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The Morning Fix: Bollywood goes Hollywood. What's cooking at Disney. Ad giant says slow down on that recovery talk. Emmy ratings and backlash!

September 22, 2009 |  7:15 am
After the coffee. Before trying to figure out why the Angels own the Yankees.

Bringing Hollywood to Bollywood. The Wall Street Journal profiles Reliance Big Entertainment, the movie arm of the Indian conglomerate Reliance ADA Group that just made a hefty investment in DreamWorks. In just two years, Big Entertainment has coughed up a billion dollars to expand its entertainment operations. Its next big gamble is the  movie "Kites." With a budget of $30 million, it's one of the priciest movies ever to come out of the country. 

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What's Disney cooking next? The pressure is on Disney CEO Bob Iger to move quickly to replace studio chief Dick Cook, who was forced out last week. The rumor mill is hopping, and the Los Angeles Times looks at what's going on at the Mouse House and whether Disney Channel topper Rich Ross is a candidate for the job. Meanwhile, the Wrap's Sharon Waxman tries to figure out who messed up -- Iger or Cook.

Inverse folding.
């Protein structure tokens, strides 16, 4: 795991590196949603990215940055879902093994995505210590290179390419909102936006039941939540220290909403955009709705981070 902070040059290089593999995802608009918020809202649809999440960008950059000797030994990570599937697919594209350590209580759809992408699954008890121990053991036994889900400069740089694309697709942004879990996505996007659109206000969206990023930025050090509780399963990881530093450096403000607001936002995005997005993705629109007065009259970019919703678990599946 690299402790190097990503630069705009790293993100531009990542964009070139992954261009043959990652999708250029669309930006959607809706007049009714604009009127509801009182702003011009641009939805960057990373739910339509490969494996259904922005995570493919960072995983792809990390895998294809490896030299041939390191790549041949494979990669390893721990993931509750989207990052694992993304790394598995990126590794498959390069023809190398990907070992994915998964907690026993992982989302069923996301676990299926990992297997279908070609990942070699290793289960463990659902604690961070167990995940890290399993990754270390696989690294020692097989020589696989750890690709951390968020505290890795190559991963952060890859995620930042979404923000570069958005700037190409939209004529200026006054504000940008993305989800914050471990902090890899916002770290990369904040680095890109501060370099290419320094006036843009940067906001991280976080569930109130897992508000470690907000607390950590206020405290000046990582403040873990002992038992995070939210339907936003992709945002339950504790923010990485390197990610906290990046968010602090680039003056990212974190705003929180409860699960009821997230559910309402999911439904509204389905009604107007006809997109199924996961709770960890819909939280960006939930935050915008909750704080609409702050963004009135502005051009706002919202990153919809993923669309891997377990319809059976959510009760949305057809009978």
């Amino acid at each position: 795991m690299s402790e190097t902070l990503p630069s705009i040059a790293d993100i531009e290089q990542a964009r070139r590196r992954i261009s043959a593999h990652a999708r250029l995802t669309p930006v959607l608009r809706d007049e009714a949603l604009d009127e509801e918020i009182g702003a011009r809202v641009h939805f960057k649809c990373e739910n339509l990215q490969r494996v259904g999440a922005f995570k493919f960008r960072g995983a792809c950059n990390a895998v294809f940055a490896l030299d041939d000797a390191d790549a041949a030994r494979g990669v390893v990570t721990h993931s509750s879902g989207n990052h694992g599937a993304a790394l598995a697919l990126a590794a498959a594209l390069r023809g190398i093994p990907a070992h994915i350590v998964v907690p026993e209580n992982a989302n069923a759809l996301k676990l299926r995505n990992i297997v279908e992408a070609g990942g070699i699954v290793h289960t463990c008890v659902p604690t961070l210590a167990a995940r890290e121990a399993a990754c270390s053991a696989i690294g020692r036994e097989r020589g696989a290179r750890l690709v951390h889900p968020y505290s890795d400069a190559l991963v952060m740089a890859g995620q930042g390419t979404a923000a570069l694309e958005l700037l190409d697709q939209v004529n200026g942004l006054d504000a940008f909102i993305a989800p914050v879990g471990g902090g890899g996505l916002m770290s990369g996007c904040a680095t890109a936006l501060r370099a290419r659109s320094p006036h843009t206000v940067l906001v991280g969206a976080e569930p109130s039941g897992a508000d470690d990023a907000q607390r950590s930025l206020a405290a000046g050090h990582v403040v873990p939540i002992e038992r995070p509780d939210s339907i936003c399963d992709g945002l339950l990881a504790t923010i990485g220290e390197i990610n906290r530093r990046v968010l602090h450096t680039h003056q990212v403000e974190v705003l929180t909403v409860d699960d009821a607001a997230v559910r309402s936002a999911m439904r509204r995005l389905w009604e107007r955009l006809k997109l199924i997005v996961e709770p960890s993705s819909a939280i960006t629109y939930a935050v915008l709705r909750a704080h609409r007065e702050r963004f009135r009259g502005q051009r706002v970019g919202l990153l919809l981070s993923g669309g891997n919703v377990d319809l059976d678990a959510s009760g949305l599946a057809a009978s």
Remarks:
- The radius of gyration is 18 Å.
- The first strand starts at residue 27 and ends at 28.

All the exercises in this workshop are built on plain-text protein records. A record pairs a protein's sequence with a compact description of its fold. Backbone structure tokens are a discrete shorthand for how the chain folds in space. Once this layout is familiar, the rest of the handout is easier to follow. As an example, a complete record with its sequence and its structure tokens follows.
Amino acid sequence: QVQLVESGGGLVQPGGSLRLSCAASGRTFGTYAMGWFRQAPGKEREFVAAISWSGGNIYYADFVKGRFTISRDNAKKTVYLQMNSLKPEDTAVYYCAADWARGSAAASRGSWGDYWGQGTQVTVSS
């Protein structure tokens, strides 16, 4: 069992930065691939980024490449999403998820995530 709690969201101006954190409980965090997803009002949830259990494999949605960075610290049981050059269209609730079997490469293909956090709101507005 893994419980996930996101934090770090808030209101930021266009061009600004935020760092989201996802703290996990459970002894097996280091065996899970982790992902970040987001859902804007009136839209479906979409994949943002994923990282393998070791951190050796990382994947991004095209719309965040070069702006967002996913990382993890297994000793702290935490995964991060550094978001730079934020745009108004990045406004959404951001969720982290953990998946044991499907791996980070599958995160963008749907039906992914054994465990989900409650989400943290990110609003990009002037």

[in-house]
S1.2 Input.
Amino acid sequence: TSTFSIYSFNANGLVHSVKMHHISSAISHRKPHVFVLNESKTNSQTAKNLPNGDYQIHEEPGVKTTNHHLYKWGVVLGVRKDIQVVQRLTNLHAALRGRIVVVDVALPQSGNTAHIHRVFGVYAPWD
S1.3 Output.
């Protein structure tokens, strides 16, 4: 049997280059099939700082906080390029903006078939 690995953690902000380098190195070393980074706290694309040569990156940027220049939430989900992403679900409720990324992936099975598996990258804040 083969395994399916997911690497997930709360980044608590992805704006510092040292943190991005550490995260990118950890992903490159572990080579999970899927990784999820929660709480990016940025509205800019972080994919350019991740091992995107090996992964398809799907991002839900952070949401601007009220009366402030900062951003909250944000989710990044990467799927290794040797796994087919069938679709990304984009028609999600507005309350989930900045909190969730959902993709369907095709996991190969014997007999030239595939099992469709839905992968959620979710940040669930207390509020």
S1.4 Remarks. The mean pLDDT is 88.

Cooking with Kate. Warner Bros. is inching closer to a deal to develop a "View"-like talk show featuring Kate Gosselin, beleaguered wife of the TLC reality smash "Jon & Kate Plus 8." The program may also include TV chef Paula Deen, who taped a pilot with Gosselin last weekend. The Wrap tries to sort out rumor from fact. Better hurry because we're probably at minute 13 of Gosselin's 15 minutes of fame.

Not so fast. While big media chiefs, including News Corp.'s Rupert Murdoch and CBS' Leslie Moonves, tout  signs of economic recovery, WPP Group CEO Martin Sorrell is pumping the brakes. WPP is one of the world's biggest advertising giants, and Sorrell tells the Financial Times he's not being gloomy, just realistic.

From cable to broadcast. Having found success making dramas for cable ("Rescue Me," "Breaking Bad"), Sony is pushing its way into broadcast with deals to develop projects at ABC, CBS and NBC, reports the Hollywood Reporter

Network neutrality fallout. After FCC Chairman Julius Genachowski outlined on Monday the role he thought the government should play in regulating the Internet, the backlash against his speech began, says the Washington Post.

Inside the Los Angeles Times. The NAACP complains that there was a lack of diversity during the Emmy telecast, which points up a bigger issue going on in the industry. Ratings for the Emmys were up, ending a three-year slide. States, such as Michigan, that have offered sweet deals to Hollywood are having to rethink them in these tough times. Dan Rather gets the green light from the courts to depose Viacom Chairman Sumner Redstone in his long-running legal battle against Redstone's CBS.

-- Joe Flint

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